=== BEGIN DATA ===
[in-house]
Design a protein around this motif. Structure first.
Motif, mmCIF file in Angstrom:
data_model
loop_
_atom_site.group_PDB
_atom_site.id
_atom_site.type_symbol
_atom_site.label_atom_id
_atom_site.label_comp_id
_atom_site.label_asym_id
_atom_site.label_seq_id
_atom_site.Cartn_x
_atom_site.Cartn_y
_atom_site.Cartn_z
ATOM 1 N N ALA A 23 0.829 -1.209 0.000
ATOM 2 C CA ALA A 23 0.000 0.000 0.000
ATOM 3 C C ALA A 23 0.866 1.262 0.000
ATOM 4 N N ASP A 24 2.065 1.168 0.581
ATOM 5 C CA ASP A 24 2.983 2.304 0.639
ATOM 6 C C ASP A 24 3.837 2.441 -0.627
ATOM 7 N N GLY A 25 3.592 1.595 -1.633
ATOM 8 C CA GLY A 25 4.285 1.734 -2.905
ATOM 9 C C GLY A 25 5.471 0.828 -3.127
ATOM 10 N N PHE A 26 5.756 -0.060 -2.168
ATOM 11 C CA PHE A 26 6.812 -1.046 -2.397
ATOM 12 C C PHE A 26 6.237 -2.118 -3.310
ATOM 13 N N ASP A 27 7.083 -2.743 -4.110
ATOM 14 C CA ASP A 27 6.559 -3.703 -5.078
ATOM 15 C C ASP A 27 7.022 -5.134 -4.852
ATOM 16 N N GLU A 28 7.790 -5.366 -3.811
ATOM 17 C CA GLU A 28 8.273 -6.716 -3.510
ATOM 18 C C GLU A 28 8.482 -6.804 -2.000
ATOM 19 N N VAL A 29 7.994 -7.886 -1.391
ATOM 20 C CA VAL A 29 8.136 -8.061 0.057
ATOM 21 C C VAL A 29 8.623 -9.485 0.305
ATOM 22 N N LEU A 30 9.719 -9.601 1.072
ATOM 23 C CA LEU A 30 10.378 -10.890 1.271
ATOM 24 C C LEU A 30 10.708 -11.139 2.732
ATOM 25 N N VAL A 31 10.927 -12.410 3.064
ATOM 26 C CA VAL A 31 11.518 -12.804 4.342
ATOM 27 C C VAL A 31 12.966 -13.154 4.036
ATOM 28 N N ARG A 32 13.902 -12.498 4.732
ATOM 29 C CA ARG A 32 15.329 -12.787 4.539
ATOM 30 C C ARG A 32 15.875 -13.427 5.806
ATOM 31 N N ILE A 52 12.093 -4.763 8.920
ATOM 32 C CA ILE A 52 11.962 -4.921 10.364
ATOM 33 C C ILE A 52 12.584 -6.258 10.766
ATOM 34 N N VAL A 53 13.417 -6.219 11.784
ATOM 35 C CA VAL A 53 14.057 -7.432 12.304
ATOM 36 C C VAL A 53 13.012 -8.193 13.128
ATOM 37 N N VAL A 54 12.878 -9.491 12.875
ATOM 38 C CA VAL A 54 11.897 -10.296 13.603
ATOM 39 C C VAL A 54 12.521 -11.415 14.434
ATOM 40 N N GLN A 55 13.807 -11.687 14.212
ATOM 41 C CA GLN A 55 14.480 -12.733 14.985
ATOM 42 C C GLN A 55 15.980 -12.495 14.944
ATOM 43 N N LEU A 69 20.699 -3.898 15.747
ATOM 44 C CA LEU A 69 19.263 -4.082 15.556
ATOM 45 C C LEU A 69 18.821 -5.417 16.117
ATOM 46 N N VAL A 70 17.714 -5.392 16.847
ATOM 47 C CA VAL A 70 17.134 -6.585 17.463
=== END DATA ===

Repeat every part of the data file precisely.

[in-house]
Design a protein around this motif. Structure first.
Motif, mmCIF file in Angstrom:
data_model
loop_
_atom_site.group_PDB
_atom_site.id
_atom_site.type_symbol
_atom_site.label_atom_id
_atom_site.label_comp_id
_atom_site.label_asym_id
_atom_site.label_seq_id
_atom_site.Cartn_x
_atom_site.Cartn_y
_atom_site.Cartn_z
ATOM 1 N N ALA A 23 0.829 -1.209 0.000
ATOM 2 C CA ALA A 23 0.000 0.000 0.000
ATOM 3 C C ALA A 23 0.866 1.262 0.000
ATOM 4 N N ASP A 24 2.065 1.168 0.581
ATOM 5 C CA ASP A 24 2.983 2.304 0.639
ATOM 6 C C ASP A 24 3.837 2.441 -0.627
ATOM 7 N N GLY A 25 3.592 1.595 -1.633
ATOM 8 C CA GLY A 25 4.285 1.734 -2.905
ATOM 9 C C GLY A 25 5.471 0.828 -3.127
ATOM 10 N N PHE A 26 5.756 -0.060 -2.168
ATOM 11 C CA PHE A 26 6.812 -1.046 -2.397
ATOM 12 C C PHE A 26 6.237 -2.118 -3.310
ATOM 13 N N ASP A 27 7.083 -2.743 -4.110
ATOM 14 C CA ASP A 27 6.559 -3.703 -5.078
ATOM 15 C C ASP A 27 7.022 -5.134 -4.852
ATOM 16 N N GLU A 28 7.790 -5.366 -3.811
ATOM 17 C CA GLU A 28 8.273 -6.716 -3.510
ATOM 18 C C GLU A 28 8.482 -6.804 -2.000
ATOM 19 N N VAL A 29 7.994 -7.886 -1.391
ATOM 20 C CA VAL A 29 8.136 -8.061 0.057
ATOM 21 C C VAL A 29 8.623 -9.485 0.305
ATOM 22 N N LEU A 30 9.719 -9.601 1.072
ATOM 23 C CA LEU A 30 10.378 -10.890 1.271
ATOM 24 C C LEU A 30 10.708 -11.139 2.732
ATOM 25 N N VAL A 31 10.927 -12.410 3.064
ATOM 26 C CA VAL A 31 11.518 -12.804 4.342
ATOM 27 C C VAL A 31 12.966 -13.154 4.036
ATOM 28 N N ARG A 32 13.902 -12.498 4.732
ATOM 29 C CA ARG A 32 15.329 -12.787 4.539
ATOM 30 C C ARG A 32 15.875 -13.427 5.806
ATOM 31 N N ILE A 52 12.093 -4.763 8.920
ATOM 32 C CA ILE A 52 11.962 -4.921 10.364
ATOM 33 C C ILE A 52 12.584 -6.258 10.766
ATOM 34 N N VAL A 53 13.417 -6.219 11.784
ATOM 35 C CA VAL A 53 14.057 -7.432 12.304
ATOM 36 C C VAL A 53 13.012 -8.193 13.128
ATOM 37 N N VAL A 54 12.878 -9.491 12.875
ATOM 38 C CA VAL A 54 11.897 -10.296 13.603
ATOM 39 C C VAL A 54 12.521 -11.415 14.434
ATOM 40 N N GLN A 55 13.807 -11.687 14.212
ATOM 41 C CA GLN A 55 14.480 -12.733 14.985
ATOM 42 C C GLN A 55 15.980 -12.495 14.944
ATOM 43 N N LEU A 69 20.699 -3.898 15.747
ATOM 44 C CA LEU A 69 19.263 -4.082 15.556
ATOM 45 C C LEU A 69 18.821 -5.417 16.117
ATOM 46 N N VAL A 70 17.714 -5.392 16.847
ATOM 47 C CA VAL A 70 17.134 -6.585 17.463